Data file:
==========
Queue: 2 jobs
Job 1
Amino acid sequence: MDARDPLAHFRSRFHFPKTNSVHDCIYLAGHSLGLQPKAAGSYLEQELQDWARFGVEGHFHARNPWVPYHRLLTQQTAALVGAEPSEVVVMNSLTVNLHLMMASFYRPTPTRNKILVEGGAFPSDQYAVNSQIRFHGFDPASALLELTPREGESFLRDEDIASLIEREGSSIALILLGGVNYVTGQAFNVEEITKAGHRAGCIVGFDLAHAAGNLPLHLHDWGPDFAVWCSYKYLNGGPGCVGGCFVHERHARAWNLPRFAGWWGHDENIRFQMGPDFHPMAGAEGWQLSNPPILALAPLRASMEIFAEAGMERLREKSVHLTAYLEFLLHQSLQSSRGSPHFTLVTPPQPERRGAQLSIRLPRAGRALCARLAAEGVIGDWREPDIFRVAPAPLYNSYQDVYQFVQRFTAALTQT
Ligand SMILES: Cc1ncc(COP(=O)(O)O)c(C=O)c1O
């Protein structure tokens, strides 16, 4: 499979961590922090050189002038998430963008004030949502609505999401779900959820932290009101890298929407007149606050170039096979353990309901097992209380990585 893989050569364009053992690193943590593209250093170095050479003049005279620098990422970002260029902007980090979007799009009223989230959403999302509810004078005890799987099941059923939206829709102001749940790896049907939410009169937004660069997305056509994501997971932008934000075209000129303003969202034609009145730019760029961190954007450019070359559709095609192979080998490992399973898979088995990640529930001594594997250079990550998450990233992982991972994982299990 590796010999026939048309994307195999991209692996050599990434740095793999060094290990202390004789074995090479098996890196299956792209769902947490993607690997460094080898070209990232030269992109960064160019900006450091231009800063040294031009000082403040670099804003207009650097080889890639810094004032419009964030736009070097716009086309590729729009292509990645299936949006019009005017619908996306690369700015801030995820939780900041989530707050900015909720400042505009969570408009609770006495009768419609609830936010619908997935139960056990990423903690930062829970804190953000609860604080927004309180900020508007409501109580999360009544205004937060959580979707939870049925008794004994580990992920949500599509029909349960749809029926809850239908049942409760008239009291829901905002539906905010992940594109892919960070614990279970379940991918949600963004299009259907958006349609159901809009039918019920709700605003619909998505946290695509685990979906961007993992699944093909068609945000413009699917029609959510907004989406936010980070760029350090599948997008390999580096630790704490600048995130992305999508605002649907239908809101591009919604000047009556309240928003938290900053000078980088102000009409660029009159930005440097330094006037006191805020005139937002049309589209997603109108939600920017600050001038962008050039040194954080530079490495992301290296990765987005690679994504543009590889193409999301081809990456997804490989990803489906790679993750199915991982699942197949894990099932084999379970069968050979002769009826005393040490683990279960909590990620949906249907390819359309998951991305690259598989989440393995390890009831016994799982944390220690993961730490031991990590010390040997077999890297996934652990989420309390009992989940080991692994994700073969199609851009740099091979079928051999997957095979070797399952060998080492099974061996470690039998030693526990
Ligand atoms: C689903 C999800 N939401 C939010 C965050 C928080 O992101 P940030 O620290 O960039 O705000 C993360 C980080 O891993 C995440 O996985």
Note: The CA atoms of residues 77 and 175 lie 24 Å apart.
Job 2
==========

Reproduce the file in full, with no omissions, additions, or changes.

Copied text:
Queue: 2 jobs
Job 1
Amino acid sequence: MDARDPLAHFRSRFHFPKTNSVHDCIYLAGHSLGLQPKAAGSYLEQELQDWARFGVEGHFHARNPWVPYHRLLTQQTAALVGAEPSEVVVMNSLTVNLHLMMASFYRPTPTRNKILVEGGAFPSDQYAVNSQIRFHGFDPASALLELTPREGESFLRDEDIASLIEREGSSIALILLGGVNYVTGQAFNVEEITKAGHRAGCIVGFDLAHAAGNLPLHLHDWGPDFAVWCSYKYLNGGPGCVGGCFVHERHARAWNLPRFAGWWGHDENIRFQMGPDFHPMAGAEGWQLSNPPILALAPLRASMEIFAEAGMERLREKSVHLTAYLEFLLHQSLQSSRGSPHFTLVTPPQPERRGAQLSIRLPRAGRALCARLAAEGVIGDWREPDIFRVAPAPLYNSYQDVYQFVQRFTAALTQT
Ligand SMILES: Cc1ncc(COP(=O)(O)O)c(C=O)c1O
């Protein structure tokens, strides 16, 4: 499979961590922090050189002038998430963008004030949502609505999401779900959820932290009101890298929407007149606050170039096979353990309901097992209380990585 893989050569364009053992690193943590593209250093170095050479003049005279620098990422970002260029902007980090979007799009009223989230959403999302509810004078005890799987099941059923939206829709102001749940790896049907939410009169937004660069997305056509994501997971932008934000075209000129303003969202034609009145730019760029961190954007450019070359559709095609192979080998490992399973898979088995990640529930001594594997250079990550998450990233992982991972994982299990 590796010999026939048309994307195999991209692996050599990434740095793999060094290990202390004789074995090479098996890196299956792209769902947490993607690997460094080898070209990232030269992109960064160019900006450091231009800063040294031009000082403040670099804003207009650097080889890639810094004032419009964030736009070097716009086309590729729009292509990645299936949006019009005017619908996306690369700015801030995820939780900041989530707050900015909720400042505009969570408009609770006495009768419609609830936010619908997935139960056990990423903690930062829970804190953000609860604080927004309180900020508007409501109580999360009544205004937060959580979707939870049925008794004994580990992920949500599509029909349960749809029926809850239908049942409760008239009291829901905002539906905010992940594109892919960070614990279970379940991918949600963004299009259907958006349609159901809009039918019920709700605003619909998505946290695509685990979906961007993992699944093909068609945000413009699917029609959510907004989406936010980070760029350090599948997008390999580096630790704490600048995130992305999508605002649907239908809101591009919604000047009556309240928003938290900053000078980088102000009409660029009159930005440097330094006037006191805020005139937002049309589209997603109108939600920017600050001038962008050039040194954080530079490495992301290296990765987005690679994504543009590889193409999301081809990456997804490989990803489906790679993750199915991982699942197949894990099932084999379970069968050979002769009826005393040490683990279960909590990620949906249907390819359309998951991305690259598989989440393995390890009831016994799982944390220690993961730490031991990590010390040997077999890297996934652990989420309390009992989940080991692994994700073969199609851009740099091979079928051999997957095979070797399952060998080492099974061996470690039998030693526990
Ligand atoms: C689903 C999800 N939401 C939010 C965050 C928080 O992101 P940030 O620290 O960039 O705000 C993360 C980080 O891993 C995440 O996985």
Note: The CA atoms of residues 77 and 175 lie 24 Å apart.
Job 2